9. Quantum Error
Quantum Error should be praised for trying some relatively new things and, unlike a lot of games on the system, it does try to use the PS5's DualSense controller in interesting ways.
Playing as a firefighter on board a futuristic space station, you'll need pay attention to the haptic feedback coming off a door to see if opening it would cause a backdraft. There's a moment where you use the microphone of the controller to perform CPR.
Unfortunately, these sound more interesting than they are enjoyable to perform. The game suffers with the standard sci-fi issue of repeating steel corridors and, coupled with unclear maps and very few chances to save, it can make navigating a chore.
Enemies don't present a huge threat as their AI either defaults to just running at you or standing around oblivious, not taking cover. That said, the biggest enemy standing in your way is performance issues, soft locks and crashes that will halt and greatly reset your progress.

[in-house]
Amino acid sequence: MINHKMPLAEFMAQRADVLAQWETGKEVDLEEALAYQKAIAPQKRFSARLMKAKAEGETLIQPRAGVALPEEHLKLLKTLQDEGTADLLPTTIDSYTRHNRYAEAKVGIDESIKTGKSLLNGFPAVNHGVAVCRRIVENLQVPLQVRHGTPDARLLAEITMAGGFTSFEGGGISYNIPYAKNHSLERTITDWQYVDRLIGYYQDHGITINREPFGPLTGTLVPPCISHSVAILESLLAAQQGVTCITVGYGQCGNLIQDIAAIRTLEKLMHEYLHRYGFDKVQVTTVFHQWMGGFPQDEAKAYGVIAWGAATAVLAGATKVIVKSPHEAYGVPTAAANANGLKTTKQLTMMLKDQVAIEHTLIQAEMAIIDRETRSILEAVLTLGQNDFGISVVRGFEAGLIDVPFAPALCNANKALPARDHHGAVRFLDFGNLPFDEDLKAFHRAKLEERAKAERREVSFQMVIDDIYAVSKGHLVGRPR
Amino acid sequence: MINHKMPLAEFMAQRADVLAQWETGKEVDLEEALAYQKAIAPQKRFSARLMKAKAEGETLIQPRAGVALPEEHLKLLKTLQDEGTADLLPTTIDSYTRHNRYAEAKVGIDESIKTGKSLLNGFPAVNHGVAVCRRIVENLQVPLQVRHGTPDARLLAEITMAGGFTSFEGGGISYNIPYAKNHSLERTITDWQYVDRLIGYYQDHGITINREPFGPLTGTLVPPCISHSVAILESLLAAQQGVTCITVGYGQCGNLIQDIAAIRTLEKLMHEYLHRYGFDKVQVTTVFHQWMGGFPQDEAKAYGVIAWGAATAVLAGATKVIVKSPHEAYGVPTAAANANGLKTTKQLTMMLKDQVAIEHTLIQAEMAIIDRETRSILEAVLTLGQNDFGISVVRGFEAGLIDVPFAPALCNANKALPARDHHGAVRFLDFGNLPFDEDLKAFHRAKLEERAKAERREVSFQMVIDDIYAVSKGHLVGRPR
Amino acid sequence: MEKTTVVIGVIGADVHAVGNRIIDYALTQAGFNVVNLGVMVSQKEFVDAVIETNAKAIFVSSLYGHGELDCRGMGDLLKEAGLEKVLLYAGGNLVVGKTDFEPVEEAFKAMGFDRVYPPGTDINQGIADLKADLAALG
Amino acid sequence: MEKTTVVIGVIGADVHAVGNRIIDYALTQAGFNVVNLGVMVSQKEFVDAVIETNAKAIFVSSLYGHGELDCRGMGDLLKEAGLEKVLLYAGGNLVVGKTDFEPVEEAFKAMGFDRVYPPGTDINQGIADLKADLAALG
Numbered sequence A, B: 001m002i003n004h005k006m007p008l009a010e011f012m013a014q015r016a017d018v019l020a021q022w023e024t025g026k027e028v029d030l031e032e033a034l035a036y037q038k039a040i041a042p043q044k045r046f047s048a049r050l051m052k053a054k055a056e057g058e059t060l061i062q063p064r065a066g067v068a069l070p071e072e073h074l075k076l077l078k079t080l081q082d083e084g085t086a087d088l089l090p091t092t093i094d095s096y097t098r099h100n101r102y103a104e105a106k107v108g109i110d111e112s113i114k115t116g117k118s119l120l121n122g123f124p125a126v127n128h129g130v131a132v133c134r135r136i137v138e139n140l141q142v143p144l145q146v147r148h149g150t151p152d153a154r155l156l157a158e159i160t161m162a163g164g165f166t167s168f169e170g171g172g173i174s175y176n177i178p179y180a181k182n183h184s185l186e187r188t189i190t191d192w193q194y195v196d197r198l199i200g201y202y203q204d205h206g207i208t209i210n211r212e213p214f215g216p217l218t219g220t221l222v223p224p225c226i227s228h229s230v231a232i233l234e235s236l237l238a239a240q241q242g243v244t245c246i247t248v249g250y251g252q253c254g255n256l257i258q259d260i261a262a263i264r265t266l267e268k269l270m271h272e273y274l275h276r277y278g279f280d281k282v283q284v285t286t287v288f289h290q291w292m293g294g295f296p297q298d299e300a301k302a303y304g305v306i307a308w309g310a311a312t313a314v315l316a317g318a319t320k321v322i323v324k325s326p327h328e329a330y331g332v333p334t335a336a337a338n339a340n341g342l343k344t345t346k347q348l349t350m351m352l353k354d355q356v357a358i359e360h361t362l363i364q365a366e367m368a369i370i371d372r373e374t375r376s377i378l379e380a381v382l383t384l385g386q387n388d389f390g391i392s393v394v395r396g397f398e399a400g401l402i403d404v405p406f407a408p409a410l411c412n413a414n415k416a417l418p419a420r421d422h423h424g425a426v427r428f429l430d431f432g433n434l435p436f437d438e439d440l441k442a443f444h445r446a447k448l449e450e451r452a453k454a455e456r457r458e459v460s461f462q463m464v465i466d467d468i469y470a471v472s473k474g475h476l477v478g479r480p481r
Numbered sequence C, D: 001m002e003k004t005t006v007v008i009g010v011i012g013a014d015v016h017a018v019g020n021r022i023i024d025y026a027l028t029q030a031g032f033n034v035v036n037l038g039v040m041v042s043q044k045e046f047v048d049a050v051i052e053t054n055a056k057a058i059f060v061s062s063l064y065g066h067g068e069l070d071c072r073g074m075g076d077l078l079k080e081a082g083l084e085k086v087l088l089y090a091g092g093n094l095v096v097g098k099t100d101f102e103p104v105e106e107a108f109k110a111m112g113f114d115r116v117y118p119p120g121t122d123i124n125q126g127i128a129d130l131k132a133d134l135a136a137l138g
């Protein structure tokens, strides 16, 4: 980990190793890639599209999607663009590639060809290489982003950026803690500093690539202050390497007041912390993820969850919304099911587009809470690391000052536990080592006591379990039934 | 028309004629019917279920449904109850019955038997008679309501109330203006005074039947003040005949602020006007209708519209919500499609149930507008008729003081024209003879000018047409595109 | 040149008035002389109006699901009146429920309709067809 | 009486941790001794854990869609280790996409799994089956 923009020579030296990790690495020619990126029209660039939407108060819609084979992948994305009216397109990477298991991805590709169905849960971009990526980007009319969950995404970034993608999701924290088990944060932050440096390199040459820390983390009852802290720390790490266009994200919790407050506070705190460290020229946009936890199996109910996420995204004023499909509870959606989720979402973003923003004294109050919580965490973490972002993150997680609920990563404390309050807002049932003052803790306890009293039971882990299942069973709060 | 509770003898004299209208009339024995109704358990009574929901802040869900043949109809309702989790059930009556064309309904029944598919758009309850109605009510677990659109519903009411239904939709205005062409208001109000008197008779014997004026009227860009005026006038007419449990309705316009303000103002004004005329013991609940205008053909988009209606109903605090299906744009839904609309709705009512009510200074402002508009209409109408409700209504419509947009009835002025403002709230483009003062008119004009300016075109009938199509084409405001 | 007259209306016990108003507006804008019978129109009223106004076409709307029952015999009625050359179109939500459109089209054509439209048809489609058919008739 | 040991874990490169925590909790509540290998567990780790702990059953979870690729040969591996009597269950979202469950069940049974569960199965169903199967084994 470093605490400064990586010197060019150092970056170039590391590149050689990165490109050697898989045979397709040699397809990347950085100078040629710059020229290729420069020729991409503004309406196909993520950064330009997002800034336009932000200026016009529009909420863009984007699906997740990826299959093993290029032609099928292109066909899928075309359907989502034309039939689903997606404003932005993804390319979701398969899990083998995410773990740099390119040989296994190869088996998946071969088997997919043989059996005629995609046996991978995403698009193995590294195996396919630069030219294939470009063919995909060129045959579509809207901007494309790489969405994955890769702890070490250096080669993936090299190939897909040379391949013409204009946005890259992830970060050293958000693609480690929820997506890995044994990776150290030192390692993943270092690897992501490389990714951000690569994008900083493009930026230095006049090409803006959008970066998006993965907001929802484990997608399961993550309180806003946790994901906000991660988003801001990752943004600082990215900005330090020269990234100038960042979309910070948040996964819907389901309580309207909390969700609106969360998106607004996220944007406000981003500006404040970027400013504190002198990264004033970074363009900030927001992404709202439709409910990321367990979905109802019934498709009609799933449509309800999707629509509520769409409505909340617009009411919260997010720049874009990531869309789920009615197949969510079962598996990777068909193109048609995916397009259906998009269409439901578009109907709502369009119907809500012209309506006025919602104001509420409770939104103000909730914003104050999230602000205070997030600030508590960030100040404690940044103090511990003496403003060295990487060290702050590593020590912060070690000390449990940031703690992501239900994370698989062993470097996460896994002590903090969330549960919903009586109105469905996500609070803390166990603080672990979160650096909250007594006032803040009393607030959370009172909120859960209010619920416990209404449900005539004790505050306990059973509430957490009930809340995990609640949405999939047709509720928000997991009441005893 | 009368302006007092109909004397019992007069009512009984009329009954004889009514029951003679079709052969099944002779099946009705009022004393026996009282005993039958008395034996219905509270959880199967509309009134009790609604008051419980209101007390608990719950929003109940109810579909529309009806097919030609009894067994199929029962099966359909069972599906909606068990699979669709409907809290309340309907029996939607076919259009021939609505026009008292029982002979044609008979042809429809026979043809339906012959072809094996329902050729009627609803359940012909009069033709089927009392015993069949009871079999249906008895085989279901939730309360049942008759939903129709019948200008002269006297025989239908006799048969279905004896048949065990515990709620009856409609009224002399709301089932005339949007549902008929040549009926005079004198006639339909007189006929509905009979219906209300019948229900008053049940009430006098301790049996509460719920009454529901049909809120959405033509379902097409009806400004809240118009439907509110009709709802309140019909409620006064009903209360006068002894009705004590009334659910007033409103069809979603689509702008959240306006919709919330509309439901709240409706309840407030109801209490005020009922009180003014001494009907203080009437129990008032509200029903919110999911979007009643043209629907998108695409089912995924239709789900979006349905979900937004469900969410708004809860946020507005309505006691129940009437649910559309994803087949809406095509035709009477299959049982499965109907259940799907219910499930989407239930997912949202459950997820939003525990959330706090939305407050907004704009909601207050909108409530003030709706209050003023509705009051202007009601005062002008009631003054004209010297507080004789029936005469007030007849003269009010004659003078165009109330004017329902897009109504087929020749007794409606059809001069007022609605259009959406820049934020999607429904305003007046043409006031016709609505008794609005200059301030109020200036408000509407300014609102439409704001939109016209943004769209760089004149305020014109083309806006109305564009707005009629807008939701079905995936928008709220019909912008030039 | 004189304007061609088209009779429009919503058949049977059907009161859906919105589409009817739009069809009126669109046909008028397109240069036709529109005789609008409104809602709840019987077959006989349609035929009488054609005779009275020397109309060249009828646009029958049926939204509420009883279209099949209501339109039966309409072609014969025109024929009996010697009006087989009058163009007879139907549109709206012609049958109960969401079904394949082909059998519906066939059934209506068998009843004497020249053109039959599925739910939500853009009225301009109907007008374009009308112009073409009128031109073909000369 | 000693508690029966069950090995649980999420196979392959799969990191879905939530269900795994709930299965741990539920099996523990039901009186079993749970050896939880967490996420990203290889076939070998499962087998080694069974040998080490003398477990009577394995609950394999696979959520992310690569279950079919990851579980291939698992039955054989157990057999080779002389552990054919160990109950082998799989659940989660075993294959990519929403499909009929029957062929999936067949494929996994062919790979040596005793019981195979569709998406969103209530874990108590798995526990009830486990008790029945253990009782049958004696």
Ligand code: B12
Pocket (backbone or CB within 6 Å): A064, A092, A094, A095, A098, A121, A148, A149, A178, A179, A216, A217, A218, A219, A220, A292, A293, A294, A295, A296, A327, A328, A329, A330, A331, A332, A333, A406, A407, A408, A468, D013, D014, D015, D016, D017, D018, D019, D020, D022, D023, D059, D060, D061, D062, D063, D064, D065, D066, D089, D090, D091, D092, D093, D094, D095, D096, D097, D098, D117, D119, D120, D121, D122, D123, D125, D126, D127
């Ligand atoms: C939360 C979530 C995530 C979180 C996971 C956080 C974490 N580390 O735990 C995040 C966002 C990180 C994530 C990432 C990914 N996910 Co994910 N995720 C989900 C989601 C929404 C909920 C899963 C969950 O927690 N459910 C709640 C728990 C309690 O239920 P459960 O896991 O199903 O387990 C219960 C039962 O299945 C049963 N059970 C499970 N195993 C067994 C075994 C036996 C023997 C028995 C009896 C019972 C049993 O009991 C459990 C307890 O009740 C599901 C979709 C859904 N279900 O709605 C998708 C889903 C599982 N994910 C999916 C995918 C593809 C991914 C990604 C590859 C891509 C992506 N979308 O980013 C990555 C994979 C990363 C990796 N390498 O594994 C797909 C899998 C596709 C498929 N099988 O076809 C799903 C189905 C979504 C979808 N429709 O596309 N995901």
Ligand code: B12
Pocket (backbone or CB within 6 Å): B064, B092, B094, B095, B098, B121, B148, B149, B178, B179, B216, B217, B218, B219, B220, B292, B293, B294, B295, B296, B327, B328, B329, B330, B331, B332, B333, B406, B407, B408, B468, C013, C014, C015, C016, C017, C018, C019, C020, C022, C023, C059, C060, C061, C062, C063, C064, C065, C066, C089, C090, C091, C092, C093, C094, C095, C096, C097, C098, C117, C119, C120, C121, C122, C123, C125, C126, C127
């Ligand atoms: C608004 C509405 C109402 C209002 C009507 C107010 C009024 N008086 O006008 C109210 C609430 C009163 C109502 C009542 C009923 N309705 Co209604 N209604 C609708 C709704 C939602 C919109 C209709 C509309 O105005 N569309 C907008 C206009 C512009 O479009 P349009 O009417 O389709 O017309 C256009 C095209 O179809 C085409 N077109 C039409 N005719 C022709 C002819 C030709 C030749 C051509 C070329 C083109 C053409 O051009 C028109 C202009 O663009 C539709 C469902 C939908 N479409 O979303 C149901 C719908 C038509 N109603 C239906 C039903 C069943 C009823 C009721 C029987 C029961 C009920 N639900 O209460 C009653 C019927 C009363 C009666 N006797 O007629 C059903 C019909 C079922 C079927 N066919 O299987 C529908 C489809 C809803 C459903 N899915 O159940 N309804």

Despite some of its more unique additions to the formula, releasing in a year that is this stacked for horror (and in the shadow of the Dead Space remake, which this game so clearly apes), Quantum Error threw itself out of the airlock.